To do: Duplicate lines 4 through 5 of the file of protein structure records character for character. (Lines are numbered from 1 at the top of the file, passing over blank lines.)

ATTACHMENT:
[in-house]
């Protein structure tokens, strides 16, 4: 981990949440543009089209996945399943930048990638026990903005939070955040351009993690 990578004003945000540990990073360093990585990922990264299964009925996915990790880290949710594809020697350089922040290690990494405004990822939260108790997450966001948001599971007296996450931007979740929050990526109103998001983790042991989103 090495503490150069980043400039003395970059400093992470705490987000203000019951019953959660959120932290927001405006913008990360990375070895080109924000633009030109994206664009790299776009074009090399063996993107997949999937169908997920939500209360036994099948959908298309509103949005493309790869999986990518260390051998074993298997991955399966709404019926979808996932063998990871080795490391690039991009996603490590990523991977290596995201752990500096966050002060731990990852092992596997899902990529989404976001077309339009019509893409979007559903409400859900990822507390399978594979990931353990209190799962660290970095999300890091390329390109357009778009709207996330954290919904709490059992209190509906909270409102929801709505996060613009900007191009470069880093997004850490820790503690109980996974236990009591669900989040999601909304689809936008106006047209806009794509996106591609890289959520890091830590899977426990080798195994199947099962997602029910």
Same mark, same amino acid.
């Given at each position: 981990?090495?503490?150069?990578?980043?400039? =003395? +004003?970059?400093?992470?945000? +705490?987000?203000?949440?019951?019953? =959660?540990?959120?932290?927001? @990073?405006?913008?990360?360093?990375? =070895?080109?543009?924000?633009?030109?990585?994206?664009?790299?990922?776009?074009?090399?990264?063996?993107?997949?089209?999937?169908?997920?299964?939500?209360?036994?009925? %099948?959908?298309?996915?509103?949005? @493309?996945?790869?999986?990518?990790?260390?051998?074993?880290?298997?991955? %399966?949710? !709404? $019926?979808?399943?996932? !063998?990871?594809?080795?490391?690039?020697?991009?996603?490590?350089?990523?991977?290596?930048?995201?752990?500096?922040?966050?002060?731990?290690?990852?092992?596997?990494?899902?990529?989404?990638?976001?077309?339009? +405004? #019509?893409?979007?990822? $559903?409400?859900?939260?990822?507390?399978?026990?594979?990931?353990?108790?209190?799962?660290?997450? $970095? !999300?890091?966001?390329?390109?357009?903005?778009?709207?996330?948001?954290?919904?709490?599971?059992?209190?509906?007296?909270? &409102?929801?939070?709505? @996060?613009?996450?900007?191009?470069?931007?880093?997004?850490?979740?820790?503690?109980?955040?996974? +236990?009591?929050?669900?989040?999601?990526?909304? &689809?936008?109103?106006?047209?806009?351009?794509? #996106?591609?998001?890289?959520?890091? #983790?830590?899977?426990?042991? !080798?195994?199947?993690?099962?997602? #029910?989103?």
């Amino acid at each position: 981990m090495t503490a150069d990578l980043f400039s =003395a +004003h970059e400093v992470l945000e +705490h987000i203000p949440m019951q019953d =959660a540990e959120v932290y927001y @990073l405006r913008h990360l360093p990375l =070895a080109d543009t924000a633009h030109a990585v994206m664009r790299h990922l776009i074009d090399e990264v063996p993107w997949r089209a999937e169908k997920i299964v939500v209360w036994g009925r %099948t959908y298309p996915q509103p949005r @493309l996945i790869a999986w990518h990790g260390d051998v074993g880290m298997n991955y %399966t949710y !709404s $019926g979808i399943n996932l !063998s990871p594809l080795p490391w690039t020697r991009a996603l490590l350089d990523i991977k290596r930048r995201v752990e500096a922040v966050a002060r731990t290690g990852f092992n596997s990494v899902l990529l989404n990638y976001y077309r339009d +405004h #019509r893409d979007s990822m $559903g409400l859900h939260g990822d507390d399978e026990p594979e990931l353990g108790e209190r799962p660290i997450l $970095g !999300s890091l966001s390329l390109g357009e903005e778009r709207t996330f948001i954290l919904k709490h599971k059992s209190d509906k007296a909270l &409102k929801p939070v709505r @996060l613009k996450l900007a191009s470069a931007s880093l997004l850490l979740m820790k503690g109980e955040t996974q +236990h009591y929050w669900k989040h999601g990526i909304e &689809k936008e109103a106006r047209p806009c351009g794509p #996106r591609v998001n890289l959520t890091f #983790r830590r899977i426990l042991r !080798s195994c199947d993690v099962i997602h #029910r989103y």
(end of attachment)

């Given at each position: 981990?090495?503490?150069?990578?980043?400039? =003395? +004003?970059?400093?992470?945000? +705490?987000?203000?949440?019951?019953? =959660?540990?959120?932290?927001? @990073?405006?913008?990360?360093?990375? =070895?080109?543009?924000?633009?030109?990585?994206?664009?790299?990922?776009?074009?090399?990264?063996?993107?997949?089209?999937?169908?997920?299964?939500?209360?036994?009925? %099948?959908?298309?996915?509103?949005? @493309?996945?790869?999986?990518?990790?260390?051998?074993?880290?298997?991955? %399966?949710? !709404? $019926?979808?399943?996932? !063998?990871?594809?080795?490391?690039?020697?991009?996603?490590?350089?990523?991977?290596?930048?995201?752990?500096?922040?966050?002060?731990?290690?990852?092992?596997?990494?899902?990529?989404?990638?976001?077309?339009? +405004? #019509?893409?979007?990822? $559903?409400?859900?939260?990822?507390?399978?026990?594979?990931?353990?108790?209190?799962?660290?997450? $970095? !999300?890091?966001?390329?390109?357009?903005?778009?709207?996330?948001?954290?919904?709490?599971?059992?209190?509906?007296?909270? &409102?929801?939070?709505? @996060?613009?996450?900007?191009?470069?931007?880093?997004?850490?979740?820790?503690?109980?955040?996974? +236990?009591?929050?669900?989040?999601?990526?909304? &689809?936008?109103?106006?047209?806009?351009?794509? #996106?591609?998001?890289?959520?890091? #983790?830590?899977?426990?042991? !080798?195994?199947?993690?099962?997602? #029910?989103?």
């Amino acid at each position: 981990m090495t503490a150069d990578l980043f400039s =003395a +004003h970059e400093v992470l945000e +705490h987000i203000p949440m019951q019953d =959660a540990e959120v932290y927001y @990073l405006r913008h990360l360093p990375l =070895a080109d543009t924000a633009h030109a990585v994206m664009r790299h990922l776009i074009d090399e990264v063996p993107w997949r089209a999937e169908k997920i299964v939500v209360w036994g009925r %099948t959908y298309p996915q509103p949005r @493309l996945i790869a999986w990518h990790g260390d051998v074993g880290m298997n991955y %399966t949710y !709404s $019926g979808i399943n996932l !063998s990871p594809l080795p490391w690039t020697r991009a996603l490590l350089d990523i991977k290596r930048r995201v752990e500096a922040v966050a002060r731990t290690g990852f092992n596997s990494v899902l990529l989404n990638y976001y077309r339009d +405004h #019509r893409d979007s990822m $559903g409400l859900h939260g990822d507390d399978e026990p594979e990931l353990g108790e209190r799962p660290i997450l $970095g !999300s890091l966001s390329l390109g357009e903005e778009r709207t996330f948001i954290l919904k709490h599971k059992s209190d509906k007296a909270l &409102k929801p939070v709505r @996060l613009k996450l900007a191009s470069a931007s880093l997004l850490l979740m820790k503690g109980e955040t996974q +236990h009591y929050w669900k989040h999601g990526i909304e &689809k936008e109103a106006r047209p806009c351009g794509p #996106r591609v998001n890289l959520t890091f #983790r830590r899977i426990l042991r !080798s195994c199947d993690v099962i997602h #029910r989103y």